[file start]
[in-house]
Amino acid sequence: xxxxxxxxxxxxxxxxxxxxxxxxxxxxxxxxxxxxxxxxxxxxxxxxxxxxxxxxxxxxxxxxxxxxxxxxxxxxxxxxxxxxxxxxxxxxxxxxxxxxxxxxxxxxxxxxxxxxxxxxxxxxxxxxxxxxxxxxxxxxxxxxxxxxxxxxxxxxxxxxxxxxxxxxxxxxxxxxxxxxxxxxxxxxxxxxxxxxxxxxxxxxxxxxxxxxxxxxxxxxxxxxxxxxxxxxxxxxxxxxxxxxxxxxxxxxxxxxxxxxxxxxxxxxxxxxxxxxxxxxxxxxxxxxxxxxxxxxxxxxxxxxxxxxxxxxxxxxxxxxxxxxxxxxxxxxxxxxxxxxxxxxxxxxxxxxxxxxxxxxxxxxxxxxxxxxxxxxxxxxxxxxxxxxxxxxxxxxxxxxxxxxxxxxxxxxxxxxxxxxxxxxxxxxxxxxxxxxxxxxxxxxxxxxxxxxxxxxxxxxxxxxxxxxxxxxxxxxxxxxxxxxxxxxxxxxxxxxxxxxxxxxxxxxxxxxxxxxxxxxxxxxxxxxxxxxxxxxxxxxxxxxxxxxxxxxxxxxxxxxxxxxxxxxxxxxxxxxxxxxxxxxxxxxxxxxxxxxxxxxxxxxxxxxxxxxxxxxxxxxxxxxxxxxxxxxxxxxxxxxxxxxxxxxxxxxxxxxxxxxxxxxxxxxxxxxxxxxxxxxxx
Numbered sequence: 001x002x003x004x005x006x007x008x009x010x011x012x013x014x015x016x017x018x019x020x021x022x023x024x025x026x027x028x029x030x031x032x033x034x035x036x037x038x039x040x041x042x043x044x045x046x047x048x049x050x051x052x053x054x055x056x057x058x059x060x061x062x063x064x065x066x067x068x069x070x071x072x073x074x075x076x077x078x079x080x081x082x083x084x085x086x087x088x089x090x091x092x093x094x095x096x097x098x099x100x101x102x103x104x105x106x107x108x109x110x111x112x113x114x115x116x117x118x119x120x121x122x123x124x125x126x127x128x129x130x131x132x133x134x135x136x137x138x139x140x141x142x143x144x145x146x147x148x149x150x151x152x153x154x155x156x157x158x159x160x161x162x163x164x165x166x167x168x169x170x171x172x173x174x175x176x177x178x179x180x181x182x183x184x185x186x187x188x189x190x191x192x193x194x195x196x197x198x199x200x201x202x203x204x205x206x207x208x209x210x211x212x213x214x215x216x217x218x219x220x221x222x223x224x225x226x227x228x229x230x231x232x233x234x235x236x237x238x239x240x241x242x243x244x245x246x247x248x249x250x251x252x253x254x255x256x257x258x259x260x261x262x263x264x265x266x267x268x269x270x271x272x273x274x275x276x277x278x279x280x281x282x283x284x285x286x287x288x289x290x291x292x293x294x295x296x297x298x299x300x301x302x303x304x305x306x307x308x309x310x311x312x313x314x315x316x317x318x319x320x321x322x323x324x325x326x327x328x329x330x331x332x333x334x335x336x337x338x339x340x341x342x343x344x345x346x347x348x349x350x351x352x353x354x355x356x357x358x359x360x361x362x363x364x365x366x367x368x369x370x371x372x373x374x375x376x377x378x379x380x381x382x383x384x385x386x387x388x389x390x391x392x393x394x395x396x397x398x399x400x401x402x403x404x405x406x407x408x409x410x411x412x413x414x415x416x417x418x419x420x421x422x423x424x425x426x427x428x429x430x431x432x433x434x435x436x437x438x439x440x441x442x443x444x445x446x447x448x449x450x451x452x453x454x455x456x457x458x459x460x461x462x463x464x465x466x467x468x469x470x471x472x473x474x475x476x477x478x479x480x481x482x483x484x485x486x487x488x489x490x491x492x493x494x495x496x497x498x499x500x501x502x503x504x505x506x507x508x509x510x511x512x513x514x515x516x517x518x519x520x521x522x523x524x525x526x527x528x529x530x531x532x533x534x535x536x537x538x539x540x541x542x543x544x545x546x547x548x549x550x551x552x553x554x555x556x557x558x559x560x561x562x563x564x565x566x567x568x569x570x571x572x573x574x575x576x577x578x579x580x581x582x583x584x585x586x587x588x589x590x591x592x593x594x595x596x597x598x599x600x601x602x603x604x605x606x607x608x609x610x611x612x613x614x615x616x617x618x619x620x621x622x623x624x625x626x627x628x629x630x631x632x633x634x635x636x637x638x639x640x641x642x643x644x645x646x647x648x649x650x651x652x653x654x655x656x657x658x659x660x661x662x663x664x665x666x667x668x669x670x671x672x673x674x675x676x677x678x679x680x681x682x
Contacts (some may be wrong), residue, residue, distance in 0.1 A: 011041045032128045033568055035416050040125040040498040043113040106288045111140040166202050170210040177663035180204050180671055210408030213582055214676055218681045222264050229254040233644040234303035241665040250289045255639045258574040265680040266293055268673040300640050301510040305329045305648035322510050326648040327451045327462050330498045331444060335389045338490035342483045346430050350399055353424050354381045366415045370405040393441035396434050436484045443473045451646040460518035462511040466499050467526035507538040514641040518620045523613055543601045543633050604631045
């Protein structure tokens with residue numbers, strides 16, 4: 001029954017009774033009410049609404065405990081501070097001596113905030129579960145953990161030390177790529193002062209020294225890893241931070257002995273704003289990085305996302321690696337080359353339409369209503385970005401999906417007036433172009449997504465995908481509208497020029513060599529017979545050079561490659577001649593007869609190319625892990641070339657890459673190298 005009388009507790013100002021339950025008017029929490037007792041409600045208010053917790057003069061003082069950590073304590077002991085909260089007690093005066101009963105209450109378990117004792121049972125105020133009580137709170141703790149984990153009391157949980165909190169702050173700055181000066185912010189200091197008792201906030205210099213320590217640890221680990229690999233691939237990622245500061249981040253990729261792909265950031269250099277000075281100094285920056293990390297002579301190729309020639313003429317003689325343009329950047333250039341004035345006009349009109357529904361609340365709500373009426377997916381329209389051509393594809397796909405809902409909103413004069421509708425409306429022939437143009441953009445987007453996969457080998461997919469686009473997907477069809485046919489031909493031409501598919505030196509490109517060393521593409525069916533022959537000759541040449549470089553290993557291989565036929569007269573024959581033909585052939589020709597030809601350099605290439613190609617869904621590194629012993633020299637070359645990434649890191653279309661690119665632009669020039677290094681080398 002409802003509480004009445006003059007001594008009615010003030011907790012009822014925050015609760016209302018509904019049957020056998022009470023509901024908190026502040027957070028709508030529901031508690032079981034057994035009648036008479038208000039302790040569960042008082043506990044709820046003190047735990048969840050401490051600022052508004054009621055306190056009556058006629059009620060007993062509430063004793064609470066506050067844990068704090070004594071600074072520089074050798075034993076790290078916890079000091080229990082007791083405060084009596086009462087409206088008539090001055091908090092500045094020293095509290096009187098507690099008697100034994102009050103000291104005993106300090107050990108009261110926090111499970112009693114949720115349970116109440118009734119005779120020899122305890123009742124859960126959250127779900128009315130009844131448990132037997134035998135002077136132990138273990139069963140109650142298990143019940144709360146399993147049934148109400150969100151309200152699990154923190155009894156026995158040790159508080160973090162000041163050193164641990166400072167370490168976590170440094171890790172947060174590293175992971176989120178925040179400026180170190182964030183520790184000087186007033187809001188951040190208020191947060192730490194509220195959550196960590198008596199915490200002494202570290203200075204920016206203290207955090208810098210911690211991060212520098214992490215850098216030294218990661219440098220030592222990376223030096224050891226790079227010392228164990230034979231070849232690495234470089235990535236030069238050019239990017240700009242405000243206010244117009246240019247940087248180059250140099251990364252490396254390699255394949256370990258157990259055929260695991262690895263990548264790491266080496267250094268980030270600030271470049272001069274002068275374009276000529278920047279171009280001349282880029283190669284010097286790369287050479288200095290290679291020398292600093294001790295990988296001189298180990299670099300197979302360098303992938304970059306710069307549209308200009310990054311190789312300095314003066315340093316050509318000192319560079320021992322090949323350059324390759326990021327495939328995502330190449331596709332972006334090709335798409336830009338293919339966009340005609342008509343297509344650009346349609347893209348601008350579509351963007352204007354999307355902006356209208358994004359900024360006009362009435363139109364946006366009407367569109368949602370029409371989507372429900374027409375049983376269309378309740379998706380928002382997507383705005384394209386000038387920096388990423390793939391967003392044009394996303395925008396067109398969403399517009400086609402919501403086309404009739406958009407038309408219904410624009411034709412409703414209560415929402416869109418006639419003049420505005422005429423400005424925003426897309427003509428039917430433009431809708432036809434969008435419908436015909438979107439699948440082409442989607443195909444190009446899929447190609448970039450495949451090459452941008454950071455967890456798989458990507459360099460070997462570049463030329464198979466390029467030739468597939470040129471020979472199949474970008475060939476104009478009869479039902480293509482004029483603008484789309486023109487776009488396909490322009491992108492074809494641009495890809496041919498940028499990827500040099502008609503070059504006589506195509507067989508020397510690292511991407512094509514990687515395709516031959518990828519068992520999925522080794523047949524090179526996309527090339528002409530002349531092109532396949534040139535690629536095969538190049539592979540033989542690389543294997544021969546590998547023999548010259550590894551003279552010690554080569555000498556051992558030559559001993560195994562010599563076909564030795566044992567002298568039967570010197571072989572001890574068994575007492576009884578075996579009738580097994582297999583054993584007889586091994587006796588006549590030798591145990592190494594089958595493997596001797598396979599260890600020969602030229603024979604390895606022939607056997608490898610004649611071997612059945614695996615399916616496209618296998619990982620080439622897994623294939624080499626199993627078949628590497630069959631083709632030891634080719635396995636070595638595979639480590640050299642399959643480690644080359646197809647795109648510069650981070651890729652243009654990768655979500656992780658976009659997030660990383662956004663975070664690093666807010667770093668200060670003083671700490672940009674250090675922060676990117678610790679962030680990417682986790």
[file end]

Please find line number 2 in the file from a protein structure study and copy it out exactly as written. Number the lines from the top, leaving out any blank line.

Amino acid sequence: xxxxxxxxxxxxxxxxxxxxxxxxxxxxxxxxxxxxxxxxxxxxxxxxxxxxxxxxxxxxxxxxxxxxxxxxxxxxxxxxxxxxxxxxxxxxxxxxxxxxxxxxxxxxxxxxxxxxxxxxxxxxxxxxxxxxxxxxxxxxxxxxxxxxxxxxxxxxxxxxxxxxxxxxxxxxxxxxxxxxxxxxxxxxxxxxxxxxxxxxxxxxxxxxxxxxxxxxxxxxxxxxxxxxxxxxxxxxxxxxxxxxxxxxxxxxxxxxxxxxxxxxxxxxxxxxxxxxxxxxxxxxxxxxxxxxxxxxxxxxxxxxxxxxxxxxxxxxxxxxxxxxxxxxxxxxxxxxxxxxxxxxxxxxxxxxxxxxxxxxxxxxxxxxxxxxxxxxxxxxxxxxxxxxxxxxxxxxxxxxxxxxxxxxxxxxxxxxxxxxxxxxxxxxxxxxxxxxxxxxxxxxxxxxxxxxxxxxxxxxxxxxxxxxxxxxxxxxxxxxxxxxxxxxxxxxxxxxxxxxxxxxxxxxxxxxxxxxxxxxxxxxxxxxxxxxxxxxxxxxxxxxxxxxxxxxxxxxxxxxxxxxxxxxxxxxxxxxxxxxxxxxxxxxxxxxxxxxxxxxxxxxxxxxxxxxxxxxxxxxxxxxxxxxxxxxxxxxxxxxxxxxxxxxxxxxxxxxxxxxxxxxxxxxxxxxxxxxxxxxxx